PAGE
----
Not only is the approach anti-Christian and bigoted, it also fails to see the growing ability that this candidate seems to have to reach into many diverse constituencies. His recent crowds have shown his increasing appeal. They have also shown some unexpected demographics, such as an uncanny capacity to speak to youth. Demographic analysis shows Mike Huckabee cutting across many of the categories.
The unexpected shocker that very few of the pundits and prognosticators expect is Mike Huckabees growing support among Catholics.
Catholics, at least those who heed the continuing direction from their Church leaders, are obligated to inform their conscience by the social teaching of their Church and vote accordingly. Among the ways that this teaching can be grouped is one that I have used for years. This approach is what I have called the “four pillars of participation”, life, family, freedom and solidarity.
The Social teaching maintains that there are some unchangeable truths, such as the dignity of every human person, and the right to life, from conception to natural death; the primacy of authentic marriage and the family founded upon it; and our obligation in solidarity to one another, and, most especially, to the poor and needy in our midst. The compass that is to guide us all as we seek to be both faithful citizens and faithful Catholic Christians is our commitment to the Common Good.
On many of these issues, this new Governor from Hope, Arkansas, running for President, seems to be quite consistent with this teaching. Oh, there are some other concerns which must be considered. However, there is also a hierarchy of values by which every candidate must be evaluated.
Ironically, some of the very issues where the candidate is being attacked are the areas where he is appealing to many Catholics.
For example, though most voters are concerned with illegal immigration, most Catholics are also concerned that our Nation recognizes the dignity of every human person. That includes illegal immigrants. Some Catholics, like me, worry that the rhetoric surrounding this hot button concern may lose the real issue and fail to recognize our obligations in solidarity.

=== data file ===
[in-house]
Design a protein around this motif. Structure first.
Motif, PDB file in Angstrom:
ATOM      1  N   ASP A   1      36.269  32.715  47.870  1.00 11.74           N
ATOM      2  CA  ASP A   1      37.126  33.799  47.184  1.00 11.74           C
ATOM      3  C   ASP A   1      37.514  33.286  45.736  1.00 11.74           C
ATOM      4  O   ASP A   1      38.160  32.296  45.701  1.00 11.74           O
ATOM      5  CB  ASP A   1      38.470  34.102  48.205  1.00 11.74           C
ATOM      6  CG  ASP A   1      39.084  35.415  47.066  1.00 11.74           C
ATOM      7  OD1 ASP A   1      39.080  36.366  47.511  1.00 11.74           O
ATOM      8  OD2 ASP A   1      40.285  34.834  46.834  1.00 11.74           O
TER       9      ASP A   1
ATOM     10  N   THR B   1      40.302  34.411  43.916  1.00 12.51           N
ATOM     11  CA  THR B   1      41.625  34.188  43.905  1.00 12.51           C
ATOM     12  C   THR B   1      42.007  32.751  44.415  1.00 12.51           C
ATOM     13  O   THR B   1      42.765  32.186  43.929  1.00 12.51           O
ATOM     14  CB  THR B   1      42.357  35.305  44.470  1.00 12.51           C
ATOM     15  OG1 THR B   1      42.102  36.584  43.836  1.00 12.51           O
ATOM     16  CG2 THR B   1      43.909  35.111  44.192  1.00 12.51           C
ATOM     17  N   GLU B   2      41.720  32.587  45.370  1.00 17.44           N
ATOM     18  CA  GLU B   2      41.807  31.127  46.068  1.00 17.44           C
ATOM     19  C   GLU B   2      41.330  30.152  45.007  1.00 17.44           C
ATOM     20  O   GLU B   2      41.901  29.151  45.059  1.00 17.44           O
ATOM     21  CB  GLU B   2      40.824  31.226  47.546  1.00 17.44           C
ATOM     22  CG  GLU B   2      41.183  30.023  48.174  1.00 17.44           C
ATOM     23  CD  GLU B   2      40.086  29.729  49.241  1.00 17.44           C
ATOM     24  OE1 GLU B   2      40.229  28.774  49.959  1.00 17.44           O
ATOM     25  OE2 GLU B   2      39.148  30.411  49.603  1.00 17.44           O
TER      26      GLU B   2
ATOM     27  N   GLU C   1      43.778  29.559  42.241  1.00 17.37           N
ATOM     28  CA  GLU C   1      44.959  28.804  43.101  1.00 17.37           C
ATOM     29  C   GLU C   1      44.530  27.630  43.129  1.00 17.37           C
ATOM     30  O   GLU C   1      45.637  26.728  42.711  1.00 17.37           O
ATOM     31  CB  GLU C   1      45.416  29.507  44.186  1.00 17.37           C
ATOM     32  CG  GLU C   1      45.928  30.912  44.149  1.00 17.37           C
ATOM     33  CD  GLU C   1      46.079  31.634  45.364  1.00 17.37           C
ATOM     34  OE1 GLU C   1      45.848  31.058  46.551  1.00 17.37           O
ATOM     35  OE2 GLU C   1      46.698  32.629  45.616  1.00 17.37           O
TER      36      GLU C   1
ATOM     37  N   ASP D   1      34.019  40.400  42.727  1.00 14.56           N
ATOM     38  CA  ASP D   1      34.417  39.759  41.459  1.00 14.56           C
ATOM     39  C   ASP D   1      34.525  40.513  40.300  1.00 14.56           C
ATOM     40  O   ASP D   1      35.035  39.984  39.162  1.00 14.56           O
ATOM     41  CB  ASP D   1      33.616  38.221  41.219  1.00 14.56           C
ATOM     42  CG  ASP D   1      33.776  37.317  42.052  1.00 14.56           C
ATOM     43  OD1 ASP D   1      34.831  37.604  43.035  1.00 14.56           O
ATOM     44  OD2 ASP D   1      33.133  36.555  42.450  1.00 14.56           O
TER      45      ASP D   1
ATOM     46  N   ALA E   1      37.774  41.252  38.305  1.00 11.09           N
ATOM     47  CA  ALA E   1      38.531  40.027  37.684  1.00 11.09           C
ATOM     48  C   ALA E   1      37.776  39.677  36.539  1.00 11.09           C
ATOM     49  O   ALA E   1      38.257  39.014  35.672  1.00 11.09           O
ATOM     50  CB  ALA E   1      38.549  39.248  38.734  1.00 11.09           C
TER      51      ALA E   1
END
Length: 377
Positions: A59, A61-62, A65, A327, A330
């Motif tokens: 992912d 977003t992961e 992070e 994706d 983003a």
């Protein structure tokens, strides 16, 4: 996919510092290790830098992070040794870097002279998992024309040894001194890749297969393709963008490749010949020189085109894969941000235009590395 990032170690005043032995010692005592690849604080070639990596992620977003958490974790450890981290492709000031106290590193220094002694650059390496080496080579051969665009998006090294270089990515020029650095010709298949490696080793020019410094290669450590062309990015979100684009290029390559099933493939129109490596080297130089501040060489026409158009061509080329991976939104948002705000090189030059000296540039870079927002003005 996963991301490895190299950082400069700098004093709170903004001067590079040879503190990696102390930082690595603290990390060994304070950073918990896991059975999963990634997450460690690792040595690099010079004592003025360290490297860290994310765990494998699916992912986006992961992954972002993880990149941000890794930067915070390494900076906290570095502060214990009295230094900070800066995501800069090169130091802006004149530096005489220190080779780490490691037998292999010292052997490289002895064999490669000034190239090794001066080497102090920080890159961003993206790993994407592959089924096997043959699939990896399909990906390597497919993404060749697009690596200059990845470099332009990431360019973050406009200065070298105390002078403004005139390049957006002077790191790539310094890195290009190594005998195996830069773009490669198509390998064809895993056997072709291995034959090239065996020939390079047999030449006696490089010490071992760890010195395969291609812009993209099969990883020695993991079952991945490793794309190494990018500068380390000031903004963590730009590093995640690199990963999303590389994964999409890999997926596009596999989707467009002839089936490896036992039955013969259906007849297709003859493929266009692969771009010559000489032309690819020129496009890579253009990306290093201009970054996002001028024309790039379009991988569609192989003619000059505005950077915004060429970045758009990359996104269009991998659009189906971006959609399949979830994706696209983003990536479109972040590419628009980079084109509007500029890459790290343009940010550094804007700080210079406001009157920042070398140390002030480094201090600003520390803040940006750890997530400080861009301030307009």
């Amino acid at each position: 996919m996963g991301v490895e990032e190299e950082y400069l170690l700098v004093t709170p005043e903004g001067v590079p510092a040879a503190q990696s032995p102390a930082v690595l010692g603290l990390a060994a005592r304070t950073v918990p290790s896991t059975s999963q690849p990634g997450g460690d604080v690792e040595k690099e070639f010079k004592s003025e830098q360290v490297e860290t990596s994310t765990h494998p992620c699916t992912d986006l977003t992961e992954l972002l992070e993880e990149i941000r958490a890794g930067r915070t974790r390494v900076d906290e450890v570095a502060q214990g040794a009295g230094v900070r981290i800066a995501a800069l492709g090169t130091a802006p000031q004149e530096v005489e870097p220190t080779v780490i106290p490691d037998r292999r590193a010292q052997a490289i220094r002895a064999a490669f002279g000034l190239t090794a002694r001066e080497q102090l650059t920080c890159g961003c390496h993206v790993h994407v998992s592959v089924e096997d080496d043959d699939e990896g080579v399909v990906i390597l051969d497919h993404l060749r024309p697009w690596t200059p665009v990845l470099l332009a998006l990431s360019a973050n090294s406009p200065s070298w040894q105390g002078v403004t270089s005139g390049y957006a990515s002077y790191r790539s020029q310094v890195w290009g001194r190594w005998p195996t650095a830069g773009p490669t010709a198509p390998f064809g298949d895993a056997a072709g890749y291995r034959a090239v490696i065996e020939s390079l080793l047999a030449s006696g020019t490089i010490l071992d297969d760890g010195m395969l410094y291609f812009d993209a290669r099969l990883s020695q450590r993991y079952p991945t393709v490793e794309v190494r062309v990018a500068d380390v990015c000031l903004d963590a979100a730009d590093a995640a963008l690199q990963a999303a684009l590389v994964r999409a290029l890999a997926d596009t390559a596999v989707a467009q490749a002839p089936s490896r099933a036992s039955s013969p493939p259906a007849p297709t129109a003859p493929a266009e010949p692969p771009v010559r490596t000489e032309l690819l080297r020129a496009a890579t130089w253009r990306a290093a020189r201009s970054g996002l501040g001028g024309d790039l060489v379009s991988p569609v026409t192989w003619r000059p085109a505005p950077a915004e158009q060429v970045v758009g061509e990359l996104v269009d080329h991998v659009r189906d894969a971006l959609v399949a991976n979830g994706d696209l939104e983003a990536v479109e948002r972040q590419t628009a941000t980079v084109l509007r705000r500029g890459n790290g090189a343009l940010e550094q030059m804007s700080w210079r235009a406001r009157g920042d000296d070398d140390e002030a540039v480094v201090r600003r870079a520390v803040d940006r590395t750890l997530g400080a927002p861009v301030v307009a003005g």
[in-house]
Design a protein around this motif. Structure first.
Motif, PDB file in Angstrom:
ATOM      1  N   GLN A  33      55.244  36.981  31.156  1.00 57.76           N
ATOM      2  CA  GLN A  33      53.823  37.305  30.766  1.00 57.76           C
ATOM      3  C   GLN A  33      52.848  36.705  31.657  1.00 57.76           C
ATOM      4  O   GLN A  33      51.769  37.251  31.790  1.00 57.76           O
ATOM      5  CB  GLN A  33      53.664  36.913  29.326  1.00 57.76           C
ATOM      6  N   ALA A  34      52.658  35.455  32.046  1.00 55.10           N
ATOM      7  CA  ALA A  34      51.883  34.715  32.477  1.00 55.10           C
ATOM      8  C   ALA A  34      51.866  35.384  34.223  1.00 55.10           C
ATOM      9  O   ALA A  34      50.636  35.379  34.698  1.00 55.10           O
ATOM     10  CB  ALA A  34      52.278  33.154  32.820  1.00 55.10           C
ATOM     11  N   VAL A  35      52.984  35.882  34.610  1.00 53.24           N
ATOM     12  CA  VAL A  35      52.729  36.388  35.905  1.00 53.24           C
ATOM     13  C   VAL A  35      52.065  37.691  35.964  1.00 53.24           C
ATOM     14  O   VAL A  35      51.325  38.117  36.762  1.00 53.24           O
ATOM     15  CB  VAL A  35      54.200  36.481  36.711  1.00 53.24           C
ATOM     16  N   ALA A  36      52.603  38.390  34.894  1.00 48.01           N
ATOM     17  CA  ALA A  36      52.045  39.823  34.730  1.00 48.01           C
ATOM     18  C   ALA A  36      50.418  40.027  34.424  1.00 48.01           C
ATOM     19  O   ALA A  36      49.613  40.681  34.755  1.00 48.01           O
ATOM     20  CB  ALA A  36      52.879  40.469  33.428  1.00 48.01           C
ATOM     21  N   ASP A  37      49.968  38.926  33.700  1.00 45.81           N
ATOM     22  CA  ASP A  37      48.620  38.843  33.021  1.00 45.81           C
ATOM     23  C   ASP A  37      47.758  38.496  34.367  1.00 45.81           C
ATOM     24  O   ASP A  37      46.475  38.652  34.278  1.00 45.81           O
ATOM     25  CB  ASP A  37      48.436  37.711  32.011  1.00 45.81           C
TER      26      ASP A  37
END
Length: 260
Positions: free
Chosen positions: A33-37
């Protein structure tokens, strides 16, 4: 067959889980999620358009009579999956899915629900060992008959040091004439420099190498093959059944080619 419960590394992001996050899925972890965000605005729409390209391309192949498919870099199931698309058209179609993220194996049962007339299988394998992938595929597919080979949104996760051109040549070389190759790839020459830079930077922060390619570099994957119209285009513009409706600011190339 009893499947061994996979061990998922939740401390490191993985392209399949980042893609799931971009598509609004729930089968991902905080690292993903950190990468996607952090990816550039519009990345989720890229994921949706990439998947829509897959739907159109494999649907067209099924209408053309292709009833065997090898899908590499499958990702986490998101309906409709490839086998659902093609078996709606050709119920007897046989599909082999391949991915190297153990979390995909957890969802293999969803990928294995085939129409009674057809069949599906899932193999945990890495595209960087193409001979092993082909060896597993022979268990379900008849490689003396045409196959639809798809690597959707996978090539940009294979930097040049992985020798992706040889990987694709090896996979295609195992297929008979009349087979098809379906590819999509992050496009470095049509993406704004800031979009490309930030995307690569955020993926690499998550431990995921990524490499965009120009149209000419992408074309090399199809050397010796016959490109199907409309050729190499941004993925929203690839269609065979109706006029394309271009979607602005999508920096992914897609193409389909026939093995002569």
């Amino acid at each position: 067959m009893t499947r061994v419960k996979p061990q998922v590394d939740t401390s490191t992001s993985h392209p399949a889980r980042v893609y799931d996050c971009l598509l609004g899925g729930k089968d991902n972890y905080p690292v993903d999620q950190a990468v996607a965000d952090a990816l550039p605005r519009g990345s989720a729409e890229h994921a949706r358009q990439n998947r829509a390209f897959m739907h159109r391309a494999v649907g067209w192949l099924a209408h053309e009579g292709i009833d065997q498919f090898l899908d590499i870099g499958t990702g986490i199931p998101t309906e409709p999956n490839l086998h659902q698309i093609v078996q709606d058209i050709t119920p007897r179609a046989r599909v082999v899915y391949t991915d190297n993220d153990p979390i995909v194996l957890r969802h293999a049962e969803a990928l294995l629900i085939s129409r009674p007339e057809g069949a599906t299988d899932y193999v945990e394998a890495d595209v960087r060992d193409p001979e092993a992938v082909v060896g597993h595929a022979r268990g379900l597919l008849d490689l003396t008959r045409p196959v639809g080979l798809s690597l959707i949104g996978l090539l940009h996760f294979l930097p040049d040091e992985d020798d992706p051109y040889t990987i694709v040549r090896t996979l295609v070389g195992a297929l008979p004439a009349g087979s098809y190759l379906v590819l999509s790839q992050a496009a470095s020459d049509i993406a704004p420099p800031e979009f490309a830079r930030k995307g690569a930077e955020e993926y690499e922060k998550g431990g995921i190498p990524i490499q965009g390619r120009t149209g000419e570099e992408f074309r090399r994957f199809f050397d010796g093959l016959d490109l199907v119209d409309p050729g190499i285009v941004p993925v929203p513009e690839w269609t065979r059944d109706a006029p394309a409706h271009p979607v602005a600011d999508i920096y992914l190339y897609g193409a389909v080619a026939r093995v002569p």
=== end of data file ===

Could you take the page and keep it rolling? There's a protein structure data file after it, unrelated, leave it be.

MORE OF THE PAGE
So, when one of Huckabees opponents turned to the Governor in the “You Tube” debate, to scold his past support of equal treatment for the children of immigrants in access to public schools while he was Governor of Arkansas, the calm response of the candidate, saying “We are a better country than that” scored well.
In addition, an increasing number of Catholics (myself included), following the lead of their Church, oppose the use of Capital punishment in the West. Not because it is “intrinsically evil” (unlike abortion which is intrinsically evil), since it is presumably not the taking of innocent human life. Rather, because it is no longer justified to protect society and the common good and bloodless alternatives are readily available which allow mercy to trump justice. So, the Governors support of capital punishment is tempered for us when he shares with honesty his caution about its use as a Chief Executive.
The candidate also espouses a sincere concern for the poor. He has been criticized because he does not line up with the kind of “Cato Institute” approach to an unencumbered market economy. Once again, what some may consider a negative, for Catholics, shows that the candidate has a concern for the primacy of persons, the family and the common good over capital. In our tradition, though the market economy provides a superior opportunity for an exercise of human freedom, the market is made for man and not man for the market.
So, in what is now a hotly contested Republican Presidential primary, pundits and prognosticators should pay attention to a group of voters that has remained relatively unnoticed.
It appears that this new candidate from Hope, Arkansas does not just speak to evangelicals. His message - and his manner- are beginning to draw the interest of another very large group of Americans.
Catholics are starting to look seriously at this new former Governor from Hope. Many like what they see.